The number of fish returning to the country’s rivers and steams to spawn has dropped since 2010.
The number of salmon returning to Scotland’s coast has dropped, a report has said, og Myndighetene aims to buck the trend and bring the species back from “crisis point”.
De Scottish Government launched its Scottish Wild Salmon Strategy on Friday in a bid to turn around the fish’s fortunes, and hopes the country’s wild Atlantic salmon will once again flourish.
Mairi Gougeon, rural affairs secretary, sa: “There is significant evidence showing that populations of Atlantic salmon are at crisis point and we must reinvigorate our collective efforts to ensure a positive future for the species.”
Skottland is a stronghold for salmon, the strategy said, with the fish starting their lives in the country’s streams and rivers before migrating to the high seas to grow and return home to spawn.
But the number of salmon returning to Scotland’s coast has fallen, and the estimated number of spawning salmon has declined from 2010 onwards.
Ms Gougeon said: “Although the pattern of decline is repeated across the salmon’s North Atlantic range, with climate change a significant factor, there remains much that we can do in our rivers, lochs and coastal waters to seek to build resilience and transform the fortunes of this iconic fish.”
The Government paper said the lifecycle of the fish meant they were exposed to a range of threats and pressures in streams, rivers, sea lochs, estuaries, coastal waters and the open ocean.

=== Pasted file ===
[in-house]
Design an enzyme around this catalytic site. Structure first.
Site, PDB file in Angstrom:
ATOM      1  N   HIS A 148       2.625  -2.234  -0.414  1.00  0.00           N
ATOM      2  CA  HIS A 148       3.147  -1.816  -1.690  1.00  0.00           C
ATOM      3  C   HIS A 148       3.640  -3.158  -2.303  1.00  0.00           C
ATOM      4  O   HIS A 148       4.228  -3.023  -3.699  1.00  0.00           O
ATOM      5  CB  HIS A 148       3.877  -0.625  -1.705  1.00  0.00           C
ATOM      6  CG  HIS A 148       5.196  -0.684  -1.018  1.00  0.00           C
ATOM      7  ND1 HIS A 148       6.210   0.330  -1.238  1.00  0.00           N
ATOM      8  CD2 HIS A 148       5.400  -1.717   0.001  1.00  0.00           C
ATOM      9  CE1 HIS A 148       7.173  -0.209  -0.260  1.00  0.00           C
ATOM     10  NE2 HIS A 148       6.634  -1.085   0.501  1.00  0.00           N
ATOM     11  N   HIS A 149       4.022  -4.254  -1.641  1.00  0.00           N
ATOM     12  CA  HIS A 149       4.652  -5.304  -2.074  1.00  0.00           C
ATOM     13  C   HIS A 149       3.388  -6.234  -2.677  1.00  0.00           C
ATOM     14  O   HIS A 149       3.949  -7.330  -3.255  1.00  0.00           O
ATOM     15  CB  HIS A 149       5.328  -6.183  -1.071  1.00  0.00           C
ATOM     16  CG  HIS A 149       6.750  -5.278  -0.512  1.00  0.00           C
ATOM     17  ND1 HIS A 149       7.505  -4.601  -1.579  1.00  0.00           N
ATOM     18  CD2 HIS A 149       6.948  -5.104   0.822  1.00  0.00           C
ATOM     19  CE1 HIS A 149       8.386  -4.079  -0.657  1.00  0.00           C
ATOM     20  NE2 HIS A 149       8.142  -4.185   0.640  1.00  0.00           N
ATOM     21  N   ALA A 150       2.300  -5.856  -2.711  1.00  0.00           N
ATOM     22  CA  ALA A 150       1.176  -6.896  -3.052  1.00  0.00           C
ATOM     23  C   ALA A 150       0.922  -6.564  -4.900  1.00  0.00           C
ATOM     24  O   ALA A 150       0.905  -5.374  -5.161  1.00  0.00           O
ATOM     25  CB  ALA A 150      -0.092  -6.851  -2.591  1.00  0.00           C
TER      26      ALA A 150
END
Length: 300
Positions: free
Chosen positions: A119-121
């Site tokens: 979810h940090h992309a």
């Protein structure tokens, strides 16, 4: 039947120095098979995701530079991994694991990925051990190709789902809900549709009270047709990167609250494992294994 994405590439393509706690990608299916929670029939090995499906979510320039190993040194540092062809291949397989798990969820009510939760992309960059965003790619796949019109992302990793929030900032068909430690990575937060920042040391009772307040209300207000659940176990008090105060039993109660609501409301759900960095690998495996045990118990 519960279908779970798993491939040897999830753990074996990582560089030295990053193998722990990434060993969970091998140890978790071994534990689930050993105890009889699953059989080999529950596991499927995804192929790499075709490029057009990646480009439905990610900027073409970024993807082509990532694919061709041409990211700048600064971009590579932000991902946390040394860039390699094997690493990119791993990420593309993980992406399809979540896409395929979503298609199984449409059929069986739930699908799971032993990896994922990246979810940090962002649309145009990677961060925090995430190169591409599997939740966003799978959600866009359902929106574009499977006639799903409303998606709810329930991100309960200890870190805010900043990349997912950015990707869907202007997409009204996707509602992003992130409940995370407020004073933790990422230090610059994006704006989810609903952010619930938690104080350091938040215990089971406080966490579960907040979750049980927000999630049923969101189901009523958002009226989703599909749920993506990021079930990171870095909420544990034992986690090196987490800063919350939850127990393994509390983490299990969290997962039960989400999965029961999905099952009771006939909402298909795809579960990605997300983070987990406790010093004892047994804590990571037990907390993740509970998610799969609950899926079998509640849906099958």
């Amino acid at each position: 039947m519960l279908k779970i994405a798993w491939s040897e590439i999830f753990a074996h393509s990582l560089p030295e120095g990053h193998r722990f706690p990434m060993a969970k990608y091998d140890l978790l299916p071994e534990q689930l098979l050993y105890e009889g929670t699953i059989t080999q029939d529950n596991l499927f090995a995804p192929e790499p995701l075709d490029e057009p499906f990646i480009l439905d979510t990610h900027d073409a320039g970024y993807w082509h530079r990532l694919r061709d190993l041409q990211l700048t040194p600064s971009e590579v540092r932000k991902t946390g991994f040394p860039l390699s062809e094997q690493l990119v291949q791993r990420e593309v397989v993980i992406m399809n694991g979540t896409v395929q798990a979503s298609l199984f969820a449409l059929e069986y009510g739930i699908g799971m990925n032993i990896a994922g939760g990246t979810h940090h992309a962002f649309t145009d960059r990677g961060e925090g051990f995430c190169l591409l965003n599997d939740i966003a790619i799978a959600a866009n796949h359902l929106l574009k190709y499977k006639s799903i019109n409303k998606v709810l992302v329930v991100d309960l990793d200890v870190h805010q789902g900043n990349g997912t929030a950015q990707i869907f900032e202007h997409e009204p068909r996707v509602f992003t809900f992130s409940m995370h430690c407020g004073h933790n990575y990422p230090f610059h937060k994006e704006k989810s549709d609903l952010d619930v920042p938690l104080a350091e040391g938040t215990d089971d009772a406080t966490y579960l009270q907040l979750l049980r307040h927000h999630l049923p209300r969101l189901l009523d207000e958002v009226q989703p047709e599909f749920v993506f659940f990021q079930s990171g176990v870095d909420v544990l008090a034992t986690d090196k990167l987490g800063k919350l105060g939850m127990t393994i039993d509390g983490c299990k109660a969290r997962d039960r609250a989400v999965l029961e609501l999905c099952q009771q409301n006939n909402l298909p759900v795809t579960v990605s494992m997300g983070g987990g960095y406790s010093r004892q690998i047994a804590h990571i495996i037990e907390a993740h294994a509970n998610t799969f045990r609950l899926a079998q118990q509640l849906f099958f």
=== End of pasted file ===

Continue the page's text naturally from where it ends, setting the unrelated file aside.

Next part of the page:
The strategy focuses on five priority areas for action, gjelder også: improving the condition of rivers; managing exploitation, including the effectiveness of deterrents to poachers; understanding and mitigating pressures that salmon face; international collaboration; and developing a modernised policy framework.
The Scottish Government said the strategy also signalled an increase in efforts to build resilience of salmon stocks in the country.
The minister added: “In addition to the measures we will take in Scotland, we are committed to supporting and pushing forward collective action in the international arena, so the young salmon leaving our rivers survive the many challenges they face on the high seas to return to their home river to spawn the next generation.
“Only by acting together, at home and overseas, and applying our collective resource, knowledge and expertise, can we hope to change the fortunes of this iconic and vital species.”